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Why it's so hard to try Putin for war crimes

War crimes allegations are hard to prove, and even then, bringing the suspects to court is a problem on its own.


People around the world are calling for Russian President Vladimir Putin to be tried for war crimes over the gruesome fallout from Russia's ongoing invasion of Ukraine.

President Joe Biden on Monday condemned recent images from the once-besieged city of Bucha that appear to show execution-style killings and mass graves. He once again called Putin a “war criminal” but noted that more information will be needed to formally make the case.

Last month, the International Criminal Court prosecutor announced an investigation into potential war crimes committed during the invasion. But Biden's hedge seemed to acknowledge the reality of the situation: Holding top officials accountable for war crimes, let alone Putin, will be difficult. 

On Monday’s episode of "The ReidOut," Gregory Gordon, a former war crimes prosecutor and genocide expert, explained the immense burden of proving a war crimes suspect's guilt.

“It is extremely difficult to make these cases,” Gordon said. “You have to have corroborating evidence. You have to have solid witness testimony. You have to have good documentation. And those are the things that I hope the investigators who are being sent [to Ukraine] now are taking care of.”

Photo Illustration: Vladimir Putin and a wounded civilian in Ukraine
MSNBC / Getty Images/AP

Prosecutors would need to show that Putin and other top officials were aware of the crimes when they committed them, Gordon explained.

“To show the chain of command and the evidence of communication between and among the people in the chain of command is a very meticulous process that has to be documented with great care,” he said. “If there are any gaps, then prosecutors cannot go into court and establish a case beyond a reasonable doubt. These are very difficult prosecutions to bring and to be successful on. We have to realize that.”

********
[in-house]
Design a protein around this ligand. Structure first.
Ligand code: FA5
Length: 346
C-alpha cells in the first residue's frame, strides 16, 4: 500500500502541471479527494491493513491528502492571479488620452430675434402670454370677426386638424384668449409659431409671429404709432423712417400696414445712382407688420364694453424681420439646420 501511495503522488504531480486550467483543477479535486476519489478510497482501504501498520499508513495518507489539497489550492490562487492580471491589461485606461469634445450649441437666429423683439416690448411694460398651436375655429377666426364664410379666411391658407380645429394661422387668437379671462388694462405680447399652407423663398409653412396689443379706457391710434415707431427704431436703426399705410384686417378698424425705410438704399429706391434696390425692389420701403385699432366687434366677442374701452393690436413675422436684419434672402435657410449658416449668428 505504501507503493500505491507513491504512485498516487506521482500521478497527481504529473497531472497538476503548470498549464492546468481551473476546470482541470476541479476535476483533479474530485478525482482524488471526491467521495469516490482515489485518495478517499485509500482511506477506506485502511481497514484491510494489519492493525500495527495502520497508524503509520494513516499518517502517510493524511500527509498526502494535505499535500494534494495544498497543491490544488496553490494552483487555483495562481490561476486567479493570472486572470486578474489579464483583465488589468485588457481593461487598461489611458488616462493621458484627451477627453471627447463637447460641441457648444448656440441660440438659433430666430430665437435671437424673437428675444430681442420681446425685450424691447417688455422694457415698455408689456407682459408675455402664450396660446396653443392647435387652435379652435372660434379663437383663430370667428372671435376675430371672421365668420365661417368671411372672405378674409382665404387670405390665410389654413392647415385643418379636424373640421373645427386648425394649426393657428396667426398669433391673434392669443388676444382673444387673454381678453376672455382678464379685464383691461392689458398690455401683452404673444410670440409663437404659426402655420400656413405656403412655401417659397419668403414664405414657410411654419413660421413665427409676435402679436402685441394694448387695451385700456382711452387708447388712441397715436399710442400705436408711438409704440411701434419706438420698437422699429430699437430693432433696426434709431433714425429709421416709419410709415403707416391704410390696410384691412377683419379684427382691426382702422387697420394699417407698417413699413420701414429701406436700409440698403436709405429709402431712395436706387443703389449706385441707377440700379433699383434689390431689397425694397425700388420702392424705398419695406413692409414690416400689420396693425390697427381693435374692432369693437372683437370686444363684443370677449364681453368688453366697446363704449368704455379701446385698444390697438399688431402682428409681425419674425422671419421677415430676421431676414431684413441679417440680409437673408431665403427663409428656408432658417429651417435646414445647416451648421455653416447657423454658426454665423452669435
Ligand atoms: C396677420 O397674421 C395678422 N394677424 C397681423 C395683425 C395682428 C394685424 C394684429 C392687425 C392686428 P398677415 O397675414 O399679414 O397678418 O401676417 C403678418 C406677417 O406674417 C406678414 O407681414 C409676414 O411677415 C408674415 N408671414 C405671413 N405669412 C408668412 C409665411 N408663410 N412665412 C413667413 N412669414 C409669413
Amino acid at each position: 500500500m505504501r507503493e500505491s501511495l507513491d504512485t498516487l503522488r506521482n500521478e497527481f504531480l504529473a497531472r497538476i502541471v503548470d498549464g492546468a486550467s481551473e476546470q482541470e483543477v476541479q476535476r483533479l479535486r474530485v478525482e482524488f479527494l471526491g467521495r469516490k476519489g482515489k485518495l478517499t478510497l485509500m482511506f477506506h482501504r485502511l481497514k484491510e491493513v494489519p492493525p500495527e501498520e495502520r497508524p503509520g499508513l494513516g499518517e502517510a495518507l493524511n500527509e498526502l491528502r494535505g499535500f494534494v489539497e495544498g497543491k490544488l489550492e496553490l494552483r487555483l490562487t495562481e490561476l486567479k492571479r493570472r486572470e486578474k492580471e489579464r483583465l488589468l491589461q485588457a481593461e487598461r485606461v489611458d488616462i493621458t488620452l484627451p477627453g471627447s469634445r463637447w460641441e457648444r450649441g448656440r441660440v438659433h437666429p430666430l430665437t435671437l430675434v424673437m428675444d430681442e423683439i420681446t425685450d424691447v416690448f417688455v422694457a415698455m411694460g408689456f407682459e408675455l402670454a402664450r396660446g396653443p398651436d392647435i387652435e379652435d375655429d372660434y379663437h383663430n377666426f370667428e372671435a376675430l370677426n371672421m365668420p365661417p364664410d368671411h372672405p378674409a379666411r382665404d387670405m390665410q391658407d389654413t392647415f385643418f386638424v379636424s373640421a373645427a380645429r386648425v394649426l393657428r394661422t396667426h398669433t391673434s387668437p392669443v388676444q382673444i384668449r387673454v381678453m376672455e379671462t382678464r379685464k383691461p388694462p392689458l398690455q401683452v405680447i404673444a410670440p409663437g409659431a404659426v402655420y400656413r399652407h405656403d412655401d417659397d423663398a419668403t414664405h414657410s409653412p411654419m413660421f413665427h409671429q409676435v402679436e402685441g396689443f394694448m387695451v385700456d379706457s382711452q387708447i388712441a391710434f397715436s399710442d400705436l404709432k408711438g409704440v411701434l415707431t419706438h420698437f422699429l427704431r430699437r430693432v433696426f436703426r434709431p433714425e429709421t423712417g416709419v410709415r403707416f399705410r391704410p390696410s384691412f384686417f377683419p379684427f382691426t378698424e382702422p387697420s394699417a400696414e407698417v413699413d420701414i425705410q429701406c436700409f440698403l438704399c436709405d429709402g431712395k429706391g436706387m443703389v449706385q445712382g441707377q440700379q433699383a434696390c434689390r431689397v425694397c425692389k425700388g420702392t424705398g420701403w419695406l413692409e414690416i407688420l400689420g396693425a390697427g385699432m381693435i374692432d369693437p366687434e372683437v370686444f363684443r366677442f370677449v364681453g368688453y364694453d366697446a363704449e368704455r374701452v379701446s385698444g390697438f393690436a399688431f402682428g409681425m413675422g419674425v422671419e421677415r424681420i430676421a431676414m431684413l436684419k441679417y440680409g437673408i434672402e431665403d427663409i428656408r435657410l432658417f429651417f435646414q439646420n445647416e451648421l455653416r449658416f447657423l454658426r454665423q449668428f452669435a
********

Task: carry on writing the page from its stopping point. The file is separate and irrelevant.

After Joy noted that African leaders have been among those most frequently charged and convicted of war crimes, Gordon attributed the disparity to “realpolitik,” the word used to describe politics focused on practical options — not ethical or moral ones. He said the standards of justice need to be applied more evenly. 

“We have to look beyond simply Africa,” he said. 

In other words: International courts have managed to convict African officials (and others) for war crimes because they’ve had the means to apprehend these leaders and bring them to trial. Doing that can be harrowing in countries that haven't deposed their rulers, as my colleague Zeeshan Aleem explored in an interview last month

Putin isn’t just going to leave Russia and willingly head to The Hague to be charged. And as Gordon said Monday, that puts countries opposed to Russia’s war in an unenviable position: hoping for regime change if they want an international court to hold Putin accountable. 

“Otherwise," Gordon said, "all his layers of protection and security — his military and everything else — will probably shield him."